Prime Minister Jüri Ratas (Centre) issued a statement together with U.S. Vice President Mike Pence on Estonia and the U.S.' joint approach to network security for 5G, the fifth generation cellular network technology, which in essence will block out China's Huawei.
The agreement does not explicitly name any manufacturers."We affirm that we will approach the development of 5G networks based on shared principles," Ratas said according to a government press release. "The credibility of new technologies is a top priority to Estonia as a digital state, and the U.S. is our most important ally in the security field. The statement issued together with the U.S. will send a strong signal that when it comes to the development of 5G networks, Estonia shares a similar understanding of security with its allies."
The U.S. has called on the EU to exercise more caution in the use of Huawei technology, particularly in the development of 5G networks. Allegedly, Huawei devices may give Chinese intelligence access to networks using its technology.
According to the Estonian government, the statement signed by Ratas and Pence is in accordance with international principles for the secure development of 5G networks agreed upon at the Prague 5G Security Conference this spring. The two countries will accordingly take political, technological, legal and economic aspects and risk factors into account when developing 5G networks.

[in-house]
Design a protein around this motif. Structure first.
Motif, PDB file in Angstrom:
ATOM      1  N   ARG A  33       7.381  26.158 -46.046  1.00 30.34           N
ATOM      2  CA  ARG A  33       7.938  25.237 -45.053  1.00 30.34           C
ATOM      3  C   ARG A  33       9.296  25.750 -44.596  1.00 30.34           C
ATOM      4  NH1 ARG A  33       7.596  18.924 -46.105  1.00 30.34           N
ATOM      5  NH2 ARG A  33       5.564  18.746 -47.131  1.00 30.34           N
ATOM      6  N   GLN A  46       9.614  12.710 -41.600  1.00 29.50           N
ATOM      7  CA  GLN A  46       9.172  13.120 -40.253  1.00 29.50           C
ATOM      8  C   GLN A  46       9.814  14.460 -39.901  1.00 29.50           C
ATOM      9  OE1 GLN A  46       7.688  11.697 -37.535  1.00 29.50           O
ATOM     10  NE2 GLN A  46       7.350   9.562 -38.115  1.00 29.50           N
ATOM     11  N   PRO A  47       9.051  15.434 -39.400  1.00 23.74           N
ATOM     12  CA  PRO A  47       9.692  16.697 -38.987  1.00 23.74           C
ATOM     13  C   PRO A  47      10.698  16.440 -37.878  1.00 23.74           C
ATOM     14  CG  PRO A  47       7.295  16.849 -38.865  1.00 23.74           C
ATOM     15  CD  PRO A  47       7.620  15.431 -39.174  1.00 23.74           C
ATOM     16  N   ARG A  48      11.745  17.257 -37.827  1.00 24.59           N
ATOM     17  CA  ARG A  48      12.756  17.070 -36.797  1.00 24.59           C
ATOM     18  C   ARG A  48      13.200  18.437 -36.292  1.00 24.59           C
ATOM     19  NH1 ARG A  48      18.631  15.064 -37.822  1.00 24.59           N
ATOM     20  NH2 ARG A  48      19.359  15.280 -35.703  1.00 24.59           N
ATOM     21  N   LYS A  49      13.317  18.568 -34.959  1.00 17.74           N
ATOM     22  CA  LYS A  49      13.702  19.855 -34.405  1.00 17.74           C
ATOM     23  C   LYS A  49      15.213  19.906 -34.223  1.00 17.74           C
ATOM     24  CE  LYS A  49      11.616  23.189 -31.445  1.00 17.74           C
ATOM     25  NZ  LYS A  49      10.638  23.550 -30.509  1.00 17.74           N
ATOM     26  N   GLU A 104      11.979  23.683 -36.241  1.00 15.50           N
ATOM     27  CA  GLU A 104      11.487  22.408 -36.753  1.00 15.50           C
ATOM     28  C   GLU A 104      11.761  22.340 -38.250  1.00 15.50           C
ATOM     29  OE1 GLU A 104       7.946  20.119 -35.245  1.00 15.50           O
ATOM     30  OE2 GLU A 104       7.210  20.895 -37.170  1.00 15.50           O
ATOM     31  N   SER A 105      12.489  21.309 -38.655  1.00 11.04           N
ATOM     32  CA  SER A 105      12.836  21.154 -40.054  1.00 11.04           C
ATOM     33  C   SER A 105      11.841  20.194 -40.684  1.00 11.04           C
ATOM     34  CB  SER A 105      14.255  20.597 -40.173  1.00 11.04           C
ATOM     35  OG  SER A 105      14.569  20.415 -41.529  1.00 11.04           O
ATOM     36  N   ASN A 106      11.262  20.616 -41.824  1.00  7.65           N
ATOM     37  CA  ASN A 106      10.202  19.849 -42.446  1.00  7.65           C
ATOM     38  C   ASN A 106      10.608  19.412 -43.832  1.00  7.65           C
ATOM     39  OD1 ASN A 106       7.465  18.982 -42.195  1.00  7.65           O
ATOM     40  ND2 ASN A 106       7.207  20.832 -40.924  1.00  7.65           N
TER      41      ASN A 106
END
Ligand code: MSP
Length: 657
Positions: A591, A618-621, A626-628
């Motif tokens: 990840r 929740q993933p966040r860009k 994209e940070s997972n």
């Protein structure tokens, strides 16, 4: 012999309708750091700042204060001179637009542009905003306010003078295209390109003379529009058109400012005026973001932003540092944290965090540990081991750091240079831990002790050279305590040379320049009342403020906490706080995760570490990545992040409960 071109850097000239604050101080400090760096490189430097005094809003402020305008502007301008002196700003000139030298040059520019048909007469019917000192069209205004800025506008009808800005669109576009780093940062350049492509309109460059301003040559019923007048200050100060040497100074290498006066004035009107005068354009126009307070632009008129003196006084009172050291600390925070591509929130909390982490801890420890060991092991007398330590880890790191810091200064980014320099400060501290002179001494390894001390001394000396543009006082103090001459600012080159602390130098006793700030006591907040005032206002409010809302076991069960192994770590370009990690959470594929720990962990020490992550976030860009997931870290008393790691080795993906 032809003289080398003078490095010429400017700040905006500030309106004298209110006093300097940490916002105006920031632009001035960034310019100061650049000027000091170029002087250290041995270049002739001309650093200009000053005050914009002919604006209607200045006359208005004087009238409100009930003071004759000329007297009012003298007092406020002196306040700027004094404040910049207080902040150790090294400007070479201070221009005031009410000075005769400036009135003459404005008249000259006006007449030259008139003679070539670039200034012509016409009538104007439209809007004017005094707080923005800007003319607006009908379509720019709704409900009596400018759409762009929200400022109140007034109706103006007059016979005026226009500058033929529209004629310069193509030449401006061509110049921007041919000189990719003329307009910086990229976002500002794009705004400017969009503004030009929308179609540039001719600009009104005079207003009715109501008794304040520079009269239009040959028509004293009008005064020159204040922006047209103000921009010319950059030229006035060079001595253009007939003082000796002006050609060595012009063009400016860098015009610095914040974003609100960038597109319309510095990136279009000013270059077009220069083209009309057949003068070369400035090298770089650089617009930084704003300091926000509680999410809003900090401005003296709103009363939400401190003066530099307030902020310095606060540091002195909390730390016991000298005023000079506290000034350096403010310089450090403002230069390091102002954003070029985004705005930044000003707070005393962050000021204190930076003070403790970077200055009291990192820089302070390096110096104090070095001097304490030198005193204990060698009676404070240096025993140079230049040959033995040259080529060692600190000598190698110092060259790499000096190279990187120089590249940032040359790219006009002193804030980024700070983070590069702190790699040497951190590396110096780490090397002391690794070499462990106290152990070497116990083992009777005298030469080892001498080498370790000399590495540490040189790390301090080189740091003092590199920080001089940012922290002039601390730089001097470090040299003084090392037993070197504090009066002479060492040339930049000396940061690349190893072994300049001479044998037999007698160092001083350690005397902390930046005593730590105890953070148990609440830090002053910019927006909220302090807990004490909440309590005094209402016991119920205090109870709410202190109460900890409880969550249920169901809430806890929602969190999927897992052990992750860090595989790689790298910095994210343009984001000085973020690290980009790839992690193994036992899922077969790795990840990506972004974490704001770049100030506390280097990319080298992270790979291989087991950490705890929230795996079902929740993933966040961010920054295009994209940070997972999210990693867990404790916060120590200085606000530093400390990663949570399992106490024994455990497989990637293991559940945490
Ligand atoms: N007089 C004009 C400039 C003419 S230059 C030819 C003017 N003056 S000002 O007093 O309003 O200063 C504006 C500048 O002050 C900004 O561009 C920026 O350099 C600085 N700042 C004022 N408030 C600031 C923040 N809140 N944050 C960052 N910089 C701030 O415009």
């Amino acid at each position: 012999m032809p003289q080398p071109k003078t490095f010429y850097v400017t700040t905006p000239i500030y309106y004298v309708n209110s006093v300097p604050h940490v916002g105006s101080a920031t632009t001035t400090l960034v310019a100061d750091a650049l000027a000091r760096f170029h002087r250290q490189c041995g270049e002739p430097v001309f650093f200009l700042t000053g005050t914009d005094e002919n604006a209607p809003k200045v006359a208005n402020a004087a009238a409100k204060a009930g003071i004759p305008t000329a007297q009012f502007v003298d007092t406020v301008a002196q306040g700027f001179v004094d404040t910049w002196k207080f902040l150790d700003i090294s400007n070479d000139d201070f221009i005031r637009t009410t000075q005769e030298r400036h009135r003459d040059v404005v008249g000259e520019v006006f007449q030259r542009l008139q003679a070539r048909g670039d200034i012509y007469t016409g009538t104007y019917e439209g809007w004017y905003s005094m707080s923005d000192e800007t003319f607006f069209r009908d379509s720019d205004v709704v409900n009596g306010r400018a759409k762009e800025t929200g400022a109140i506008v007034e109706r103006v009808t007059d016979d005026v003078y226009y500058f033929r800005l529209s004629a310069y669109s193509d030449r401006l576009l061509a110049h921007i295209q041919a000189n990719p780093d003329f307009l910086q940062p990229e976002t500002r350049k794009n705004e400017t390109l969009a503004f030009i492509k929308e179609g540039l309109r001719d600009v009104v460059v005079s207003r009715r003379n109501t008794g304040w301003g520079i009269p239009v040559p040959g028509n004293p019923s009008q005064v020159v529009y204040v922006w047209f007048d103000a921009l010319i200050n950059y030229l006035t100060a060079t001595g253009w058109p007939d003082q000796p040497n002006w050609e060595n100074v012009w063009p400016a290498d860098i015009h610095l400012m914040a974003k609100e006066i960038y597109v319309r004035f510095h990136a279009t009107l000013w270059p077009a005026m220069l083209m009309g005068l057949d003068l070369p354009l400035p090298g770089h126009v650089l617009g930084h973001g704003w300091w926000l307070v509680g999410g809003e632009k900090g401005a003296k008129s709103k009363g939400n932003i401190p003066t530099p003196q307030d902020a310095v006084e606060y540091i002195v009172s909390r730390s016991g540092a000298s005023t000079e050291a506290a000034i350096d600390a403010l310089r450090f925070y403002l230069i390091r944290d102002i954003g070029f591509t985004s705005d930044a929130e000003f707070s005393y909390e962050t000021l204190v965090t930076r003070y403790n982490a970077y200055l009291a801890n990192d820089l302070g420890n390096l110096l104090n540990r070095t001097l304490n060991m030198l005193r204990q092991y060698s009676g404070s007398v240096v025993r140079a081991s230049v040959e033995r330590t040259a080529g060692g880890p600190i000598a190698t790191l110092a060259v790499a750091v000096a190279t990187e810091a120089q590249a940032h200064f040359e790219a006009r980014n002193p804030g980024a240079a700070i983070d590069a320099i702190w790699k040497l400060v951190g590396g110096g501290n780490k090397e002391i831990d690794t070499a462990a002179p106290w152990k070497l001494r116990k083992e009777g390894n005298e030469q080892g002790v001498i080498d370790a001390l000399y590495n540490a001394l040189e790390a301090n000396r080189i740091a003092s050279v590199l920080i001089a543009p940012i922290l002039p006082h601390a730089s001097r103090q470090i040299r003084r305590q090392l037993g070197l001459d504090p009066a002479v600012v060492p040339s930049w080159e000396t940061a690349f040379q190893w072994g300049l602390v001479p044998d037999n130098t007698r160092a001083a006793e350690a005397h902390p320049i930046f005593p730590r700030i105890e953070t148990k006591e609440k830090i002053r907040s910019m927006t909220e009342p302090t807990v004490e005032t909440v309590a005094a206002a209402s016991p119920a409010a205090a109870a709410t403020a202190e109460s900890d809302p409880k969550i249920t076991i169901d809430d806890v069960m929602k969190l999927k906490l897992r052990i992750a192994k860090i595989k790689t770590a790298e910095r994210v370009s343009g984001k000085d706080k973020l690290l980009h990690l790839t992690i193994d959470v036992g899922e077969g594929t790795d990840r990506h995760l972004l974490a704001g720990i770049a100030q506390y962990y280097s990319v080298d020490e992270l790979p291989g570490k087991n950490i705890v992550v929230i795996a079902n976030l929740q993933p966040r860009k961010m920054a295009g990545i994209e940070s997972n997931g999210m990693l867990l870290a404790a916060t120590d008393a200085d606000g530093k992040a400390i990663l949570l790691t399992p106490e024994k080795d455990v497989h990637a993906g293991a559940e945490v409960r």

The U.S: has previously signed a similar document with Poland. Several other European countries, however, such as Germany, allow Huawei technology.
Huawei, the third-largest producer of 5G network equipment after Ericsson and Nokia, has affirmed that their equipment is safe for countries to use.
The Ministry of Economic Affairs and Communications is currently drafting a regulation according to which all telecommunications operators have to coordinate network technology with the state.
"We are implementing a procedure via which we can review the reliability of technology manufacturers," National Cyber Security Policy Director Raul Rikk said. "This doesn't specifically affect only Huawei, but rather all technology manufacturers, and then we'll have to see on a case-by-case basis whether any technology constitutes a risk to Estonian security or not."
Editor: Aili Vahtla